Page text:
The visualization studio at Goddard Space Flight Center has just posted some handy simulations of what we can expect the LCROSS impact to look like. First, here's a movie that zooms in from the entire moon to the ejecta curtain in Cabeus; the blue arcs represent 50, 100, and 200 kilometers above the impact site.
And here's a map of that south polar region. The red shading indicates the location of the crater Cabeus; because it's there it's hard to tell that the ejecta curtain will be viewed against a black, shadowed backdrop, a plus for astronomers.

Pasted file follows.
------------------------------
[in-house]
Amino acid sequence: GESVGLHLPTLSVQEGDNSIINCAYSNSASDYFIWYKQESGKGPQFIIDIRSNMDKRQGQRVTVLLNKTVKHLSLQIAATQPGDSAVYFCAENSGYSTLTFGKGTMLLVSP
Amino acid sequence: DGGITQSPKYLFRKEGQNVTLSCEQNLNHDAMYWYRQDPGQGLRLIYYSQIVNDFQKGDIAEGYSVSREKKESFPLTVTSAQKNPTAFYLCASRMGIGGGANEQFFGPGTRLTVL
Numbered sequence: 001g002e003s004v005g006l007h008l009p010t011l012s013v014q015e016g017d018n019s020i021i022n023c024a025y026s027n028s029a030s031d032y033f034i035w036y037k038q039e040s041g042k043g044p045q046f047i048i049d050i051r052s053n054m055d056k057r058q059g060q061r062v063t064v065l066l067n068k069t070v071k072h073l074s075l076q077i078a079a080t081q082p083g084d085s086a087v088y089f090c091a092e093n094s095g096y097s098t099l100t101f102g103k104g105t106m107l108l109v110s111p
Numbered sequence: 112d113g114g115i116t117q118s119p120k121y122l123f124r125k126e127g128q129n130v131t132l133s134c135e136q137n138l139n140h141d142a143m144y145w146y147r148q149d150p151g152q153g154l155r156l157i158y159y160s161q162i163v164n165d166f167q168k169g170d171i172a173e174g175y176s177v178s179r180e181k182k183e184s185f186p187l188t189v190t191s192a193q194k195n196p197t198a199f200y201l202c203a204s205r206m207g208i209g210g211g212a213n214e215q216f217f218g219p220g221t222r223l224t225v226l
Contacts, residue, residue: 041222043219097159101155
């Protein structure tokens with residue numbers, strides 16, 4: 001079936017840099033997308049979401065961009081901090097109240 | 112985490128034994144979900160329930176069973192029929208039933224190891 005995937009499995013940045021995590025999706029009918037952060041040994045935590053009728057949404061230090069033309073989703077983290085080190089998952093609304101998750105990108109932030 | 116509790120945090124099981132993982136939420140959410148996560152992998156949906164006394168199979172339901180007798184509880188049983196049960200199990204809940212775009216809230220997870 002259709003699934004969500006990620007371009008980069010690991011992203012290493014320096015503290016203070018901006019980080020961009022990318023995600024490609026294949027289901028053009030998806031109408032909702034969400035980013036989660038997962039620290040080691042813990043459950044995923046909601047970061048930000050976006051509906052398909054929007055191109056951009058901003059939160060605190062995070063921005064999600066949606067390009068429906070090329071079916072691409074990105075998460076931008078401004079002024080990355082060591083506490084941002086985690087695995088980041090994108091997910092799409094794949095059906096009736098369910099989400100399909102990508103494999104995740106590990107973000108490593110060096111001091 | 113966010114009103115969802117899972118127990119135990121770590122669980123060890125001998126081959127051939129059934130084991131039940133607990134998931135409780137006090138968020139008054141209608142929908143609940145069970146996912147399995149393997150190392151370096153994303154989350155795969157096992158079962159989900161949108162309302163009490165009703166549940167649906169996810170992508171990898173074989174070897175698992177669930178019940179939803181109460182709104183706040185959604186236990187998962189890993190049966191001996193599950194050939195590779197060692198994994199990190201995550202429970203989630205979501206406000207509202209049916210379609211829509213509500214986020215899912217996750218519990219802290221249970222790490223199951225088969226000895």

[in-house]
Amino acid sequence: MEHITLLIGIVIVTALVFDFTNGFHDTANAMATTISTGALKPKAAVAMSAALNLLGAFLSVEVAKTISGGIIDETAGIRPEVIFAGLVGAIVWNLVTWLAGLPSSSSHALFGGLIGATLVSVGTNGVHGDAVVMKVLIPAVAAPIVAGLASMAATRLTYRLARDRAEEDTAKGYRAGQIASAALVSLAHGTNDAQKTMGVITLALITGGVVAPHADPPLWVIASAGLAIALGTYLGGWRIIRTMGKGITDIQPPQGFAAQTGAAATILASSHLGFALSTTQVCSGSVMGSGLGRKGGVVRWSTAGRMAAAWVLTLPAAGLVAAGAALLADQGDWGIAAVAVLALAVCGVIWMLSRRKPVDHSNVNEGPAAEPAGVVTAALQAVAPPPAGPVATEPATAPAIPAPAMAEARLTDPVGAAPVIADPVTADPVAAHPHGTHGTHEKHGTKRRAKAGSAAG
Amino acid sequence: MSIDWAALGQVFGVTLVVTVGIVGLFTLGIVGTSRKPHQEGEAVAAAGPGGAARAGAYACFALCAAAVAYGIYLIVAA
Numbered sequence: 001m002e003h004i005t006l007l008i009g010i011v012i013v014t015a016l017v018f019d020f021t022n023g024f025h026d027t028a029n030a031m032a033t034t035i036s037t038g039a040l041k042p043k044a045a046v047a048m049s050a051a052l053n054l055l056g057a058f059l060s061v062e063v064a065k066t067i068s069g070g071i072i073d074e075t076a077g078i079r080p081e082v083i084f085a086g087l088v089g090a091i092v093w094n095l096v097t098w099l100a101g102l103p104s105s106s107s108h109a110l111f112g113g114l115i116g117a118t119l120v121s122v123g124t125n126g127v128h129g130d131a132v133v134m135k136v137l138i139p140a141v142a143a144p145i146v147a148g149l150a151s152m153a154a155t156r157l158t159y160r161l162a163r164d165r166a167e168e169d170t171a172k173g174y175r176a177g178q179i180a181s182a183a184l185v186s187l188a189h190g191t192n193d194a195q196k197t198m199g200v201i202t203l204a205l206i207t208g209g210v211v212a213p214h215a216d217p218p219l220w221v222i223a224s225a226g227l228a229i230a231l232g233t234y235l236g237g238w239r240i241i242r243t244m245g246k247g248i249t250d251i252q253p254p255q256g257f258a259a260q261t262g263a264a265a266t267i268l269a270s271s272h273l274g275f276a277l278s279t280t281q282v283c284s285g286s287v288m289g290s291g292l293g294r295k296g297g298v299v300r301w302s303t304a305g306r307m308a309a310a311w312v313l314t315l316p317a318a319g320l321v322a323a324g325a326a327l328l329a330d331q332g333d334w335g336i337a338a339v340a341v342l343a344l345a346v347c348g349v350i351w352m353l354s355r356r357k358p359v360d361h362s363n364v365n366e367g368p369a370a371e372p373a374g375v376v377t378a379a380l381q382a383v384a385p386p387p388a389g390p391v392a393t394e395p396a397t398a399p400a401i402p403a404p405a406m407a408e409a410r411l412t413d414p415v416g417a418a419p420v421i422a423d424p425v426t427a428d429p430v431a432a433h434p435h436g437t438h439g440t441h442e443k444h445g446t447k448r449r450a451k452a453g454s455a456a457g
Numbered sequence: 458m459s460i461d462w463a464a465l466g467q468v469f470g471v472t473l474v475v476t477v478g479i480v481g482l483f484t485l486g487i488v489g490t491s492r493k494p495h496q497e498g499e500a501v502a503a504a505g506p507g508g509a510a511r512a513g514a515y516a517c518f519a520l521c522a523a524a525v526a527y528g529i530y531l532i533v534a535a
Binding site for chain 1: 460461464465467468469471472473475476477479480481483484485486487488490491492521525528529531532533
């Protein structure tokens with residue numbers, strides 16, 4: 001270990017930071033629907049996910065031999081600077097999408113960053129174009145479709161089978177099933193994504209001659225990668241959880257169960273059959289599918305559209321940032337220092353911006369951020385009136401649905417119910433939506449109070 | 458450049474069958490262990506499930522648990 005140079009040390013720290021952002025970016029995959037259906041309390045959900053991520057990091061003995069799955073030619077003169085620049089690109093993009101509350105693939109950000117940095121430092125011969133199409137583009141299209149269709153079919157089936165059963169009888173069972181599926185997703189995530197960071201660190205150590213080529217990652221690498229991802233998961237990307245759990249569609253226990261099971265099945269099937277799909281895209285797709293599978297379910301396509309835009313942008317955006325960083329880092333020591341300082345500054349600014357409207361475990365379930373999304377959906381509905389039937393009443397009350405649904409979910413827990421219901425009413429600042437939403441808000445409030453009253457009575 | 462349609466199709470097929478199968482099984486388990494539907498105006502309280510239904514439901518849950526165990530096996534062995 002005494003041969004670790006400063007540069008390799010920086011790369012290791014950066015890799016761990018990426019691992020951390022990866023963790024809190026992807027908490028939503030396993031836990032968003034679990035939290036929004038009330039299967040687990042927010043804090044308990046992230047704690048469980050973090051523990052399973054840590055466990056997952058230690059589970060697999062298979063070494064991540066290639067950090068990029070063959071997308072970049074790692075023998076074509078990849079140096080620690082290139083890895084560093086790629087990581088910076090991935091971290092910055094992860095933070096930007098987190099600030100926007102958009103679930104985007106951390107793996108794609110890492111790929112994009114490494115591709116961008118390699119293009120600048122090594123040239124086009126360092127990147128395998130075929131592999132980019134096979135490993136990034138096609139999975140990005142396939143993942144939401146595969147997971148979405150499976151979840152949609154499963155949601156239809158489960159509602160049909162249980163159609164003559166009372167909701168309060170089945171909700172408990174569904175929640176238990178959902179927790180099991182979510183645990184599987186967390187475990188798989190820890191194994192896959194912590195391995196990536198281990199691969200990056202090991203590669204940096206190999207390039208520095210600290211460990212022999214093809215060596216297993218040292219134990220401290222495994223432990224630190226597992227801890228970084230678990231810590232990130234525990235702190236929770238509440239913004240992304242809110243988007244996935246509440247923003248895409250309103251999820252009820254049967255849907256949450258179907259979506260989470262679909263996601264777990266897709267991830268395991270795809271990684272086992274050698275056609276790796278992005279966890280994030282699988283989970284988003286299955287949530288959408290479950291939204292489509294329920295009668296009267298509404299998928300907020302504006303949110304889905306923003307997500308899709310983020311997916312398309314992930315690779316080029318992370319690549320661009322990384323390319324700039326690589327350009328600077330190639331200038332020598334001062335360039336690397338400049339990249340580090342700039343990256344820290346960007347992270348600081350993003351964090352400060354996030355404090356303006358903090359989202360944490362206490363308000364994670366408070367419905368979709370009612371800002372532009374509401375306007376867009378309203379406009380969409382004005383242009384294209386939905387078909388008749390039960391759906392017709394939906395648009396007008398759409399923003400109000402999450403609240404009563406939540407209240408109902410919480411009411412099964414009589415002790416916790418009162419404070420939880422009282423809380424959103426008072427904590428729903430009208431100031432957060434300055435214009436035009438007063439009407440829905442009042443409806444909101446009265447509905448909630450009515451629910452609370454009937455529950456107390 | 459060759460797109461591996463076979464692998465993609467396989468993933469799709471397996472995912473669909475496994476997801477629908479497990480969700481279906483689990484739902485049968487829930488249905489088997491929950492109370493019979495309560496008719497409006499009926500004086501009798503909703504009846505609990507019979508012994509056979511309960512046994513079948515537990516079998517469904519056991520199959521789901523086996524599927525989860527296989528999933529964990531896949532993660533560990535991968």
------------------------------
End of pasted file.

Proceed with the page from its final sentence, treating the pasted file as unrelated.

These visualizations aren't just eye candy. They were developed as a part of the impact site selection process, which sought to find a location that had the greatest likelihood of containing substantial subsurface water while satisfying various geologic requirements (in a smooth part of the floor, low temperature, permanently shadowed) and viewability requirements. The Visualization Studio used as input very recently acquired topographic data on the lunar south pole from Kaguya and Lunar Reconnaissance Orbiter and discovered a combination of topographic features that will provide for a well-lit plume visible within a couple of kilometers above the site of the impact against a black backdrop.